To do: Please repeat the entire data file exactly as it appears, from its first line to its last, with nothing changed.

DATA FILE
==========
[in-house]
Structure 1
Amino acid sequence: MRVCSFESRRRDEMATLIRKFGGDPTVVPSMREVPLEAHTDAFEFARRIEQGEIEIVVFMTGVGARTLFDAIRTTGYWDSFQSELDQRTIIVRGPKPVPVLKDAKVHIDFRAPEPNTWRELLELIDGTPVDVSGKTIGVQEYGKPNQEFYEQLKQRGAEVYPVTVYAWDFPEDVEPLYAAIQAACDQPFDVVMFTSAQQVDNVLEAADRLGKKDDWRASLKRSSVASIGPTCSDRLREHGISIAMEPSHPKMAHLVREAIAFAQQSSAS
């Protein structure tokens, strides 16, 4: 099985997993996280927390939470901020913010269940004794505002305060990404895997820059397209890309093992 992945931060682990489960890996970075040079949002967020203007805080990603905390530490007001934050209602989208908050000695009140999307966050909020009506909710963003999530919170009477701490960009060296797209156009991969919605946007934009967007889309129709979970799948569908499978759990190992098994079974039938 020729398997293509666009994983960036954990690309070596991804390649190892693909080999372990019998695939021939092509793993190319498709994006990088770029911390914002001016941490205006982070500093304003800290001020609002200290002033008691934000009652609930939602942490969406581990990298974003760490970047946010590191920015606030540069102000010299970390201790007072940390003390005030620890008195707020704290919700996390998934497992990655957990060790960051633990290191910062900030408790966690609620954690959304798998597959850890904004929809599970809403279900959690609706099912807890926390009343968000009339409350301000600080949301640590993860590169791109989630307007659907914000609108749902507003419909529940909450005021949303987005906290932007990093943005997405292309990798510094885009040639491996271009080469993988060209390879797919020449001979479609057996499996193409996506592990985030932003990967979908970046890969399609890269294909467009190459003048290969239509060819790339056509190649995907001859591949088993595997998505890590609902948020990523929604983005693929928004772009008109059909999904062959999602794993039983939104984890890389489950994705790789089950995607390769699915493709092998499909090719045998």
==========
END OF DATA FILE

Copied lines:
[in-house]
Structure 1
Amino acid sequence: MRVCSFESRRRDEMATLIRKFGGDPTVVPSMREVPLEAHTDAFEFARRIEQGEIEIVVFMTGVGARTLFDAIRTTGYWDSFQSELDQRTIIVRGPKPVPVLKDAKVHIDFRAPEPNTWRELLELIDGTPVDVSGKTIGVQEYGKPNQEFYEQLKQRGAEVYPVTVYAWDFPEDVEPLYAAIQAACDQPFDVVMFTSAQQVDNVLEAADRLGKKDDWRASLKRSSVASIGPTCSDRLREHGISIAMEPSHPKMAHLVREAIAFAQQSSAS
């Protein structure tokens, strides 16, 4: 099985997993996280927390939470901020913010269940004794505002305060990404895997820059397209890309093992 992945931060682990489960890996970075040079949002967020203007805080990603905390530490007001934050209602989208908050000695009140999307966050909020009506909710963003999530919170009477701490960009060296797209156009991969919605946007934009967007889309129709979970799948569908499978759990190992098994079974039938 020729398997293509666009994983960036954990690309070596991804390649190892693909080999372990019998695939021939092509793993190319498709994006990088770029911390914002001016941490205006982070500093304003800290001020609002200290002033008691934000009652609930939602942490969406581990990298974003760490970047946010590191920015606030540069102000010299970390201790007072940390003390005030620890008195707020704290919700996390998934497992990655957990060790960051633990290191910062900030408790966690609620954690959304798998597959850890904004929809599970809403279900959690609706099912807890926390009343968000009339409350301000600080949301640590993860590169791109989630307007659907914000609108749902507003419909529940909450005021949303987005906290932007990093943005997405292309990798510094885009040639491996271009080469993988060209390879797919020449001979479609057996499996193409996506592990985030932003990967979908970046890969399609890269294909467009190459003048290969239509060819790339056509190649995907001859591949088993595997998505890590609902948020990523929604983005693929928004772009008109059909999904062959999602794993039983939104984890890389489950994705790789089950995607390769699915493709092998499909090719045998």